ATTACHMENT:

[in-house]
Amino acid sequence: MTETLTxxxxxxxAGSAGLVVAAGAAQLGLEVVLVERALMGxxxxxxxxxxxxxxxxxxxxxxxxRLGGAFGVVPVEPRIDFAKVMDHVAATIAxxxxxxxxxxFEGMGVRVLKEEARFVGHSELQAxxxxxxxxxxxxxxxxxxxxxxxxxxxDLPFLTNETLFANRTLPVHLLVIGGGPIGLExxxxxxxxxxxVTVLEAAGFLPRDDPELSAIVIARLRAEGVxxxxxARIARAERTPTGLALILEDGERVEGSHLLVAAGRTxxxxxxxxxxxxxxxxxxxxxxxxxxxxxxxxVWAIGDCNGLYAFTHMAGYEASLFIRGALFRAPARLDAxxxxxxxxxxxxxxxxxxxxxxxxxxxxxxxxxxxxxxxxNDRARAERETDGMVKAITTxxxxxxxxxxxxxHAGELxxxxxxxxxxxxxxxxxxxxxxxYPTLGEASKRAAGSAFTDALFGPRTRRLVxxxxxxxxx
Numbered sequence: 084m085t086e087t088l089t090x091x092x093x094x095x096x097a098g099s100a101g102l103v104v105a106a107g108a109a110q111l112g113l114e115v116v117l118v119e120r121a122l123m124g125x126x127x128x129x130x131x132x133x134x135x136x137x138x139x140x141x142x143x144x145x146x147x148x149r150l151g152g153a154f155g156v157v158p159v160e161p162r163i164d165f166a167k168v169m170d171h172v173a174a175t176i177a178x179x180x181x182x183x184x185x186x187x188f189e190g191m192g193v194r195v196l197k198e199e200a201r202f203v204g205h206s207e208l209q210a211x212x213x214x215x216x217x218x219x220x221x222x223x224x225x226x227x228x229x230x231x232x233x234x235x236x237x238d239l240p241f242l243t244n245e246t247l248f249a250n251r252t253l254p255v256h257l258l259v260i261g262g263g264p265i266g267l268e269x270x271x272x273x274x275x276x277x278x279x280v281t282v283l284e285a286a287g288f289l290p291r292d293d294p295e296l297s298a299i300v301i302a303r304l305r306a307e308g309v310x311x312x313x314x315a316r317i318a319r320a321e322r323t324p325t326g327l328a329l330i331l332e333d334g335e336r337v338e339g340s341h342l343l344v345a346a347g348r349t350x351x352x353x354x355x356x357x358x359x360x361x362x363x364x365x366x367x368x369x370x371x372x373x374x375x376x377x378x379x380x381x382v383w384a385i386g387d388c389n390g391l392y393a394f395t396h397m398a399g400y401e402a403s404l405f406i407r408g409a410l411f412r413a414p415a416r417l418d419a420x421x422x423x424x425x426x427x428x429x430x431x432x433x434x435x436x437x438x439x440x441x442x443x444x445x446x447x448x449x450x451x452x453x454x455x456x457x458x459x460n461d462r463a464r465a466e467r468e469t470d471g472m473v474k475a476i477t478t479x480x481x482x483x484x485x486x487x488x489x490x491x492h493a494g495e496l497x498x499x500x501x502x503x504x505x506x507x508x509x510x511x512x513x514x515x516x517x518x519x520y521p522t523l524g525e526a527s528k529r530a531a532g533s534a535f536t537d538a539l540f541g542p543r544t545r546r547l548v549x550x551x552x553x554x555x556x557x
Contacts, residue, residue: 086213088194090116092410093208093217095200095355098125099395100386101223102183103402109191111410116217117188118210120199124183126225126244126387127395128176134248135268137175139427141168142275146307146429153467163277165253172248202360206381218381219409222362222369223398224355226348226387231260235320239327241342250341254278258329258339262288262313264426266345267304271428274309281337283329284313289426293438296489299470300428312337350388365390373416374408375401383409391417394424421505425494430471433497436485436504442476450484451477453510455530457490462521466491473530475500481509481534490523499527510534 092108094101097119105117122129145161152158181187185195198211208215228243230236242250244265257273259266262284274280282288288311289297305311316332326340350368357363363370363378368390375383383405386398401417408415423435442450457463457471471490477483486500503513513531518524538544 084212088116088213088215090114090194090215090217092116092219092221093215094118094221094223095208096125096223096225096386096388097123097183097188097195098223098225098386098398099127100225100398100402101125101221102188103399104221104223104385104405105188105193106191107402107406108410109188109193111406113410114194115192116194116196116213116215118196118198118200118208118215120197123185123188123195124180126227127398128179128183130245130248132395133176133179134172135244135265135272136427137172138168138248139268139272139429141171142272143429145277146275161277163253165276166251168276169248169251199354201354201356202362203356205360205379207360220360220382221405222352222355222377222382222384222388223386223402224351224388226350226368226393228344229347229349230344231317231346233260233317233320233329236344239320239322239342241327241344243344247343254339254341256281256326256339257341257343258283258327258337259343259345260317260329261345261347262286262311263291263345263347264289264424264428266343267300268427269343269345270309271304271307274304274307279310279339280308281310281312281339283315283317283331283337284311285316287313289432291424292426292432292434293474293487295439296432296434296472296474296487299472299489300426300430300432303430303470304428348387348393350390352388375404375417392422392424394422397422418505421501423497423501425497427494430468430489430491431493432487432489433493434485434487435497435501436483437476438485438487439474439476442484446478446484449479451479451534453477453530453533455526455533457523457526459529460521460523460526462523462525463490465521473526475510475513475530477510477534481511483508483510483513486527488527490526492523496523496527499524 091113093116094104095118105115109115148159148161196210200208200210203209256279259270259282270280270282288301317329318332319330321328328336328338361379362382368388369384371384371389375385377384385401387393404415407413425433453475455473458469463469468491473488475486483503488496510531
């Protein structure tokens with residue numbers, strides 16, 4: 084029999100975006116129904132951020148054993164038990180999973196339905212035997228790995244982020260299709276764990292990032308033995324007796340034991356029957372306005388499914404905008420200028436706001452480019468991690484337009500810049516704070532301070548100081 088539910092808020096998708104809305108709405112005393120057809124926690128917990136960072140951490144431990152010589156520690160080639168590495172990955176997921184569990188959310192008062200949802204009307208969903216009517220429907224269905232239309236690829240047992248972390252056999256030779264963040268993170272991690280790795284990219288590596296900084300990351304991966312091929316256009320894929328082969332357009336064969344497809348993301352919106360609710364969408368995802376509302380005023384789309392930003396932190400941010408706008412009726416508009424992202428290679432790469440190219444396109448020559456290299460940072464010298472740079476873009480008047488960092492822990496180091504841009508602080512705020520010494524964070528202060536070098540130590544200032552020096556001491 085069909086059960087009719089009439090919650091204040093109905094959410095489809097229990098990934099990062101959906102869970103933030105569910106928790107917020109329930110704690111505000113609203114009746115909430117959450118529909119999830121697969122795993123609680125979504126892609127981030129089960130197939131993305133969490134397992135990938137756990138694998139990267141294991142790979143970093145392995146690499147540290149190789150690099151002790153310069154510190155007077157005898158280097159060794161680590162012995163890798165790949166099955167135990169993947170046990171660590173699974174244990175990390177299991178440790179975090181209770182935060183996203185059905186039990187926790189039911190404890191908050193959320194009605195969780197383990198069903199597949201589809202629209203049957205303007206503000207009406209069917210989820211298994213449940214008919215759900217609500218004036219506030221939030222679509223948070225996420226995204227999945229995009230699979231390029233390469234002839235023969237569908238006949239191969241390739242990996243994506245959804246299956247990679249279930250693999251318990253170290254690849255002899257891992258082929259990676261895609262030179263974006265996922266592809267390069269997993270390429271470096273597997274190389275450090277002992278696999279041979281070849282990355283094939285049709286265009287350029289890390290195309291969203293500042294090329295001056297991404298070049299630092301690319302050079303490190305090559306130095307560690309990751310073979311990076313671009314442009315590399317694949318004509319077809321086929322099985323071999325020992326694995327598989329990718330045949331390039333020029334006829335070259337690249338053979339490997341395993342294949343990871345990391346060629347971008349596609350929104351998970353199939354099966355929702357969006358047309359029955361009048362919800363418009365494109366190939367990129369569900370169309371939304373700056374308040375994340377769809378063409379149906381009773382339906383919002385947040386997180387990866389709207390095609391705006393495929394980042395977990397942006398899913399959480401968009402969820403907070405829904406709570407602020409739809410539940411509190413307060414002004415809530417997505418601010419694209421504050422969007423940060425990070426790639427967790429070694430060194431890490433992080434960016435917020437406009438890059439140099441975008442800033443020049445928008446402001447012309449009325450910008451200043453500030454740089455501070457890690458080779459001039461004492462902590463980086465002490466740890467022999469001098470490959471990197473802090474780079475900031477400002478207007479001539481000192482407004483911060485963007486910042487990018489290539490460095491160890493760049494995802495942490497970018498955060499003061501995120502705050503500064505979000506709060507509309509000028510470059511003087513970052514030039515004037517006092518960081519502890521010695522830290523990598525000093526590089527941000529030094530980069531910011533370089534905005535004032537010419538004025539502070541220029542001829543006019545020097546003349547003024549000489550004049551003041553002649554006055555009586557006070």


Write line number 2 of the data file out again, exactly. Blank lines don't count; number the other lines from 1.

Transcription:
Amino acid sequence: MTETLTxxxxxxxAGSAGLVVAAGAAQLGLEVVLVERALMGxxxxxxxxxxxxxxxxxxxxxxxxRLGGAFGVVPVEPRIDFAKVMDHVAATIAxxxxxxxxxxFEGMGVRVLKEEARFVGHSELQAxxxxxxxxxxxxxxxxxxxxxxxxxxxDLPFLTNETLFANRTLPVHLLVIGGGPIGLExxxxxxxxxxxVTVLEAAGFLPRDDPELSAIVIARLRAEGVxxxxxARIARAERTPTGLALILEDGERVEGSHLLVAAGRTxxxxxxxxxxxxxxxxxxxxxxxxxxxxxxxxVWAIGDCNGLYAFTHMAGYEASLFIRGALFRAPARLDAxxxxxxxxxxxxxxxxxxxxxxxxxxxxxxxxxxxxxxxxNDRARAERETDGMVKAITTxxxxxxxxxxxxxHAGELxxxxxxxxxxxxxxxxxxxxxxxYPTLGEASKRAAGSAFTDALFGPRTRRLVxxxxxxxxx